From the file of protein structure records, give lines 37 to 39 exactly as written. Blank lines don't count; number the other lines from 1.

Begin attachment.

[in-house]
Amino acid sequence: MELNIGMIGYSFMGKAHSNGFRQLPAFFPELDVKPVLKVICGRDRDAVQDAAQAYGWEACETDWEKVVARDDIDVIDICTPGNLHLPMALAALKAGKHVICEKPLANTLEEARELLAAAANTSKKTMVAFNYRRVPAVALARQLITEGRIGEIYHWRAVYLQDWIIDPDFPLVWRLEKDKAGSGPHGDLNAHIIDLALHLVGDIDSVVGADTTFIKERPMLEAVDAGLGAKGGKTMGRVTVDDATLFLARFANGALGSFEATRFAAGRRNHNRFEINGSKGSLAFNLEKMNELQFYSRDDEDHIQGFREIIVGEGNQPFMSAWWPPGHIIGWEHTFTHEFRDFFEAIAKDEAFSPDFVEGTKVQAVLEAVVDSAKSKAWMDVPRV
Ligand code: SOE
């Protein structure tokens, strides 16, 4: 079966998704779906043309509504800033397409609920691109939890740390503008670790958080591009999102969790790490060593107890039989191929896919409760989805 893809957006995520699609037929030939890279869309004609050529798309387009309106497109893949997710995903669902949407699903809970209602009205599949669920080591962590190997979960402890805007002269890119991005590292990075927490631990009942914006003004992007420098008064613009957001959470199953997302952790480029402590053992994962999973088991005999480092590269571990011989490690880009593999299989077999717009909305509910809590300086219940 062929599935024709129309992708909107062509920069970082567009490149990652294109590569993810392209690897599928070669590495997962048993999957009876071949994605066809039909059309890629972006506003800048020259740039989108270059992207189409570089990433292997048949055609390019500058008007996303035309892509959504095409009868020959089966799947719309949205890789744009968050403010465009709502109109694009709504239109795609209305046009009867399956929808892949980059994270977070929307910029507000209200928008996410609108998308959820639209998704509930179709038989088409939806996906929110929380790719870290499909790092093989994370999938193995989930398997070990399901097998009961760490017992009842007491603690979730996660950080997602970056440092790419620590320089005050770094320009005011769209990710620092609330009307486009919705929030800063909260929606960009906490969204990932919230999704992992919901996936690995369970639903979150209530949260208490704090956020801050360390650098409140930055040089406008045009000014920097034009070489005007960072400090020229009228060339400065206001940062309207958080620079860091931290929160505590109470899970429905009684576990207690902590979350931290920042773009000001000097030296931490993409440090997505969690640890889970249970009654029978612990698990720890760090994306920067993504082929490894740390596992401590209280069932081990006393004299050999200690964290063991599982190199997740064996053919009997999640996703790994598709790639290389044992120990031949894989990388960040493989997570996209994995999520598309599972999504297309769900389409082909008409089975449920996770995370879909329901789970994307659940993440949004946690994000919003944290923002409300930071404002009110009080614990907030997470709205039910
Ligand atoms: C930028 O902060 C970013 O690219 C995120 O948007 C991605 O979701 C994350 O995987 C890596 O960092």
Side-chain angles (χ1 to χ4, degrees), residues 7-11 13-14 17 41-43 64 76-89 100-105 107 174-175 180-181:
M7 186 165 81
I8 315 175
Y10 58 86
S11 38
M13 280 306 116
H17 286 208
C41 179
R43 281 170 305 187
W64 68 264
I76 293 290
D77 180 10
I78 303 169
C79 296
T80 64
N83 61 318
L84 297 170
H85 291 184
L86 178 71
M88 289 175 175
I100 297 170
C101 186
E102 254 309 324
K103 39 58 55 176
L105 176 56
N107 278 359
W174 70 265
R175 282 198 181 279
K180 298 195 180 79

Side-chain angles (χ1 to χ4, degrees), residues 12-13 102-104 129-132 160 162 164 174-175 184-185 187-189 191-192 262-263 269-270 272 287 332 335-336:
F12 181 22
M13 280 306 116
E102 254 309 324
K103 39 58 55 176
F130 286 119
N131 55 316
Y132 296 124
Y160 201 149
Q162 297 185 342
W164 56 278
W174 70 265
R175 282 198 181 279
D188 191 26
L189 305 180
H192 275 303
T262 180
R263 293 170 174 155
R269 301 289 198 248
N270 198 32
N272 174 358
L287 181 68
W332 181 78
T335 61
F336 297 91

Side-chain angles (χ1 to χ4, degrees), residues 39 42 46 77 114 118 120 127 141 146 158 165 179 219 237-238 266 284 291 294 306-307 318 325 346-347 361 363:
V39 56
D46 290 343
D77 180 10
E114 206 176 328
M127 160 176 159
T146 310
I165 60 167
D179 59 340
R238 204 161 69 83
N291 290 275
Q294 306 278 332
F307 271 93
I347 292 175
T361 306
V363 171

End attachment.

M13 280 306 116
E102 254 309 324
K103 39 58 55 176